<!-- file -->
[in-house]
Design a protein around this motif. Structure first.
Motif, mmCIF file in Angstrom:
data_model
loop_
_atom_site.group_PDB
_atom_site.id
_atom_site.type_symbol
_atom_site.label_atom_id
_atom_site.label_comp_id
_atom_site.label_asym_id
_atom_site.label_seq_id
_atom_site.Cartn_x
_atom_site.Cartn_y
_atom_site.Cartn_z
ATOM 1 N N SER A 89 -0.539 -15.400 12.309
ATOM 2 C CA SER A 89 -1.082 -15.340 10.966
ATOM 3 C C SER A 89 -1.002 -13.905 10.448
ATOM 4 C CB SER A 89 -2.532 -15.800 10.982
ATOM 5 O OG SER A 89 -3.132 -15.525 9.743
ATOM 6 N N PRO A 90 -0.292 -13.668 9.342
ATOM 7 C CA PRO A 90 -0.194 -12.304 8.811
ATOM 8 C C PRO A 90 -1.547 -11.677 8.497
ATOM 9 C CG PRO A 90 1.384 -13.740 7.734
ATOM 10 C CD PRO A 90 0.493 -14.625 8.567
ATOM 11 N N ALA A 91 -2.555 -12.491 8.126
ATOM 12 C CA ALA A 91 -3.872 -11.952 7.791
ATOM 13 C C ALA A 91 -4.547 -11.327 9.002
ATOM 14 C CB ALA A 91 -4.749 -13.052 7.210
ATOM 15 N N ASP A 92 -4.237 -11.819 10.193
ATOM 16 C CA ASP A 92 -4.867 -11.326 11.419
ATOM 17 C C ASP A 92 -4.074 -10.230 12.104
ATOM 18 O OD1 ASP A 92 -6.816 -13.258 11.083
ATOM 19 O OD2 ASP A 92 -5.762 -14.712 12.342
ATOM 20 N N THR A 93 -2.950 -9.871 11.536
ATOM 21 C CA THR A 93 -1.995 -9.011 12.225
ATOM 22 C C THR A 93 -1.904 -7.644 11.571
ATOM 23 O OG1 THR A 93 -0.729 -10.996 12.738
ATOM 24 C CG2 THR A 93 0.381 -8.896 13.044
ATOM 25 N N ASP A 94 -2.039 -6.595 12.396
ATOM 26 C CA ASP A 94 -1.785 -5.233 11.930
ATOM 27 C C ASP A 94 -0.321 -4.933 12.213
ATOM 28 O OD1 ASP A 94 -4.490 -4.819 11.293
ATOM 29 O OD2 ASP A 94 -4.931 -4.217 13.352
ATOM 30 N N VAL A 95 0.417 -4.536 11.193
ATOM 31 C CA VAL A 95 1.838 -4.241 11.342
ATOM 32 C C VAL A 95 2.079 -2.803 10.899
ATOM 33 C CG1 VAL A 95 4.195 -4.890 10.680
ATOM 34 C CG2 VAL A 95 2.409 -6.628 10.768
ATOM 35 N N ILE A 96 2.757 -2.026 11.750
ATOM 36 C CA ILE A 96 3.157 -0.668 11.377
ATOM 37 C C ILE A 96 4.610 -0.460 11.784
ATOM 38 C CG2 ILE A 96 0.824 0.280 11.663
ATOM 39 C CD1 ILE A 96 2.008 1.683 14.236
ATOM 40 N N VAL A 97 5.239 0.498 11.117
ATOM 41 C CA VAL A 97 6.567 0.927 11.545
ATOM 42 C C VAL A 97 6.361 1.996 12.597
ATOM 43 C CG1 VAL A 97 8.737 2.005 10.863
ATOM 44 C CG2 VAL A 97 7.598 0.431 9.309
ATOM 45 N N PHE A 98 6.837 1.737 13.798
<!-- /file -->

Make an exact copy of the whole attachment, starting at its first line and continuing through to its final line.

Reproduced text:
[in-house]
Design a protein around this motif. Structure first.
Motif, mmCIF file in Angstrom:
data_model
loop_
_atom_site.group_PDB
_atom_site.id
_atom_site.type_symbol
_atom_site.label_atom_id
_atom_site.label_comp_id
_atom_site.label_asym_id
_atom_site.label_seq_id
_atom_site.Cartn_x
_atom_site.Cartn_y
_atom_site.Cartn_z
ATOM 1 N N SER A 89 -0.539 -15.400 12.309
ATOM 2 C CA SER A 89 -1.082 -15.340 10.966
ATOM 3 C C SER A 89 -1.002 -13.905 10.448
ATOM 4 C CB SER A 89 -2.532 -15.800 10.982
ATOM 5 O OG SER A 89 -3.132 -15.525 9.743
ATOM 6 N N PRO A 90 -0.292 -13.668 9.342
ATOM 7 C CA PRO A 90 -0.194 -12.304 8.811
ATOM 8 C C PRO A 90 -1.547 -11.677 8.497
ATOM 9 C CG PRO A 90 1.384 -13.740 7.734
ATOM 10 C CD PRO A 90 0.493 -14.625 8.567
ATOM 11 N N ALA A 91 -2.555 -12.491 8.126
ATOM 12 C CA ALA A 91 -3.872 -11.952 7.791
ATOM 13 C C ALA A 91 -4.547 -11.327 9.002
ATOM 14 C CB ALA A 91 -4.749 -13.052 7.210
ATOM 15 N N ASP A 92 -4.237 -11.819 10.193
ATOM 16 C CA ASP A 92 -4.867 -11.326 11.419
ATOM 17 C C ASP A 92 -4.074 -10.230 12.104
ATOM 18 O OD1 ASP A 92 -6.816 -13.258 11.083
ATOM 19 O OD2 ASP A 92 -5.762 -14.712 12.342
ATOM 20 N N THR A 93 -2.950 -9.871 11.536
ATOM 21 C CA THR A 93 -1.995 -9.011 12.225
ATOM 22 C C THR A 93 -1.904 -7.644 11.571
ATOM 23 O OG1 THR A 93 -0.729 -10.996 12.738
ATOM 24 C CG2 THR A 93 0.381 -8.896 13.044
ATOM 25 N N ASP A 94 -2.039 -6.595 12.396
ATOM 26 C CA ASP A 94 -1.785 -5.233 11.930
ATOM 27 C C ASP A 94 -0.321 -4.933 12.213
ATOM 28 O OD1 ASP A 94 -4.490 -4.819 11.293
ATOM 29 O OD2 ASP A 94 -4.931 -4.217 13.352
ATOM 30 N N VAL A 95 0.417 -4.536 11.193
ATOM 31 C CA VAL A 95 1.838 -4.241 11.342
ATOM 32 C C VAL A 95 2.079 -2.803 10.899
ATOM 33 C CG1 VAL A 95 4.195 -4.890 10.680
ATOM 34 C CG2 VAL A 95 2.409 -6.628 10.768
ATOM 35 N N ILE A 96 2.757 -2.026 11.750
ATOM 36 C CA ILE A 96 3.157 -0.668 11.377
ATOM 37 C C ILE A 96 4.610 -0.460 11.784
ATOM 38 C CG2 ILE A 96 0.824 0.280 11.663
ATOM 39 C CD1 ILE A 96 2.008 1.683 14.236
ATOM 40 N N VAL A 97 5.239 0.498 11.117
ATOM 41 C CA VAL A 97 6.567 0.927 11.545
ATOM 42 C C VAL A 97 6.361 1.996 12.597
ATOM 43 C CG1 VAL A 97 8.737 2.005 10.863
ATOM 44 C CG2 VAL A 97 7.598 0.431 9.309
ATOM 45 N N PHE A 98 6.837 1.737 13.798